Klein–Nishina formula

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Klein–Nishina distribution of scattering-angle cross sections over a range of commonly encountered energies.

The Klein–Nishina formula[1] gives the differential cross section of photons scattered from a single free electron in lowest order of quantum electrodynamics. At low frequencies (e.g., visible light) this is referred to as Thomson scattering; at higher frequencies (e.g., x-rays and gamma-rays) this is referred to as Compton scattering.

For an incident photon of energy E_\gamma, the differential cross section is:[2]

 \frac{d\sigma}{d\Omega} = \alpha^2 r_c^2 P(E_\gamma,\theta)^2 [P(E_\gamma,\theta) + P(E_\gamma,\theta)^{-1} -1 +  \cos^2(\theta)]/2

where \frac{d\sigma}{d\Omega} is a differential cross section, d\Omega is an infinitesimal solid angleelement, \alpha is the fine structure constant (~1/137.04), \theta is the scattering angle; r_c=\hbar/m_e c is the "reduced" Compton wave length of the electron (~0.38616 pm); m_e is the mass of an electron (~511 keV/c^2); and P(E_\gamma,\theta) is the ratio of photon energy after and before the collision:

P(E_\gamma,\theta) = \frac{1}{1 + (E_\gamma/m_e c^2)(1-\cos\theta)}

Note that this result may also be expressed in terms of the classical electron radius r_e=\alpha r_c. While this classical quantity is not particularly relevant in quantum electrodynamics, it is easy to appreciate: in the forward direction (for \theta ~ 0), photons scatter off electrons as if these were about r_e=\alpha r_c (~2.8179 fm) in linear dimension, and r_e^2 (~ 7.9406x10−30 m2 or 79.406 mb) in size.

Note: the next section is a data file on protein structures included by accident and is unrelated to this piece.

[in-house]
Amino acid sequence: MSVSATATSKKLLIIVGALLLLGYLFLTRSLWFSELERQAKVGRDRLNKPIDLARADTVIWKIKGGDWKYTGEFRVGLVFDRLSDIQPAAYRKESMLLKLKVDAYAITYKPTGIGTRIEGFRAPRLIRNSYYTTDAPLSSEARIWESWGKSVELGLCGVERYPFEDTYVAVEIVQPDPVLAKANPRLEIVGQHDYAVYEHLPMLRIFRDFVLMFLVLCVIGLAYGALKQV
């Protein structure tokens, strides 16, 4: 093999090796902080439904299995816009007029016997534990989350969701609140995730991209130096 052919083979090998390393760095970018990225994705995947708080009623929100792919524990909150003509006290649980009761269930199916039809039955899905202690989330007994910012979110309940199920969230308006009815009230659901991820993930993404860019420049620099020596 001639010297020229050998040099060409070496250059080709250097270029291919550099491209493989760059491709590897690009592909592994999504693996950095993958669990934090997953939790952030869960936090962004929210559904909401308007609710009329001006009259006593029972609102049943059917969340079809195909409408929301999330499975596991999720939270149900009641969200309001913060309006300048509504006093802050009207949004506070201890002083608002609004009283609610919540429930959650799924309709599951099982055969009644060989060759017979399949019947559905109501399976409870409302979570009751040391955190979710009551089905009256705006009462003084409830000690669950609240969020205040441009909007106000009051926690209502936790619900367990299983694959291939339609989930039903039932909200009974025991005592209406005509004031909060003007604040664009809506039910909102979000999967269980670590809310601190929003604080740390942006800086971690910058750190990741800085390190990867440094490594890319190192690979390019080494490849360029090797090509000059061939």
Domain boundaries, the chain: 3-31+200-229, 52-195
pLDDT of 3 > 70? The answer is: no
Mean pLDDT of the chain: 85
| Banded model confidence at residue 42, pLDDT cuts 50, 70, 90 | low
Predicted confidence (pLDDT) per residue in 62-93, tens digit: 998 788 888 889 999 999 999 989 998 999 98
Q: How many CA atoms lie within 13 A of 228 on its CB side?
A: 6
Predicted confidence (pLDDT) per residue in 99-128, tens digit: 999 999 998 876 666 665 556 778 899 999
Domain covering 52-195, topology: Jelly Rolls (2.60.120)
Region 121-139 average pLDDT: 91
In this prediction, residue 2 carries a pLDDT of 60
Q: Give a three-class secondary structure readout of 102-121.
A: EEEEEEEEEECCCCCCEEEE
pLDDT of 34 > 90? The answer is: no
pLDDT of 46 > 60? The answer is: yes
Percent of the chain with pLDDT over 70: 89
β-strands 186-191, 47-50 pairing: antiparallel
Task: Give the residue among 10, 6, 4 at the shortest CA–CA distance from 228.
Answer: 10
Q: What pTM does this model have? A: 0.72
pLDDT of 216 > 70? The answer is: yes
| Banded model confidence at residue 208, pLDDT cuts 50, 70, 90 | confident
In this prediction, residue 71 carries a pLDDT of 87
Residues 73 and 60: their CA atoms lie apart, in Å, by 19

The Klein–Nishina formula was derived in 1928 by Oskar Klein and Yoshio Nishina, and was one of the first results obtained from the study of quantum electrodynamics. Consideration of relativistic and quantum mechanical effects allowed development of an accurate equation for the scattering of radiation from a target electron. Before this derivation, the electron cross section had been classically derived by the British physicist and discoverer of the electron, J.J. Thomson. However, scattering experiments showed significant deviations from the results predicted by the Thomson cross section. Further scattering experiments agreed perfectly with the predictions of the Klein–Nishina formula.

Note that if E_\gamma \ll m_ec^2, P(E_\gamma,\theta)\rightarrow 1 and the Klein–Nishina formula reduces to the classical Thomson expression.

The final energy of the scattered photon, E_\gamma', depends only on the scattering angle and the original photon energy, and so it can be computed without the use of the Klein–Nishina formula:

E_\gamma'(E_\gamma,\theta) = E_\gamma \cdot P(E_\gamma, \theta) \,


  1. ^ Klein, O; Nishina, Y (1929). "Über die Streuung von Strahlung durch freie Elektronen nach der neuen relativistischen Quantendynamik von Dirac". Z. Phys. 52 (11-12): 853 and 869. Bibcode:1929ZPhy...52..853K. doi:10.1007/BF01366453. 
  2. ^ Weinberg, Steven (1995). The Quantum Theory of Fields I. pp. 362–9. 

External references[edit]

  • R. D. Evans, The Atomic Nucleus, McGraw-Hill, New York, 1955, pp. 674–676.
  • A. C. Melissinos, Experiments in Modern Physics, Academic Press, New York, 1966, pp. 252–265
  • O. Klein and Y. Nishina, "On the Scattering of Radiation by Free Electrons According to Dirac's New Relativistic Quantum Dynamics", The Oskar Klein Memorial Lectures, Vol. 2: Lectures by Hans A. Bethe and Alan H. Guth with Translated Reprints by Oskar Klein, Ed. Gösta Ekspong, World Scientific Publishing Co. Pte. Ltd., Singapore, 1994, pp. 113–139.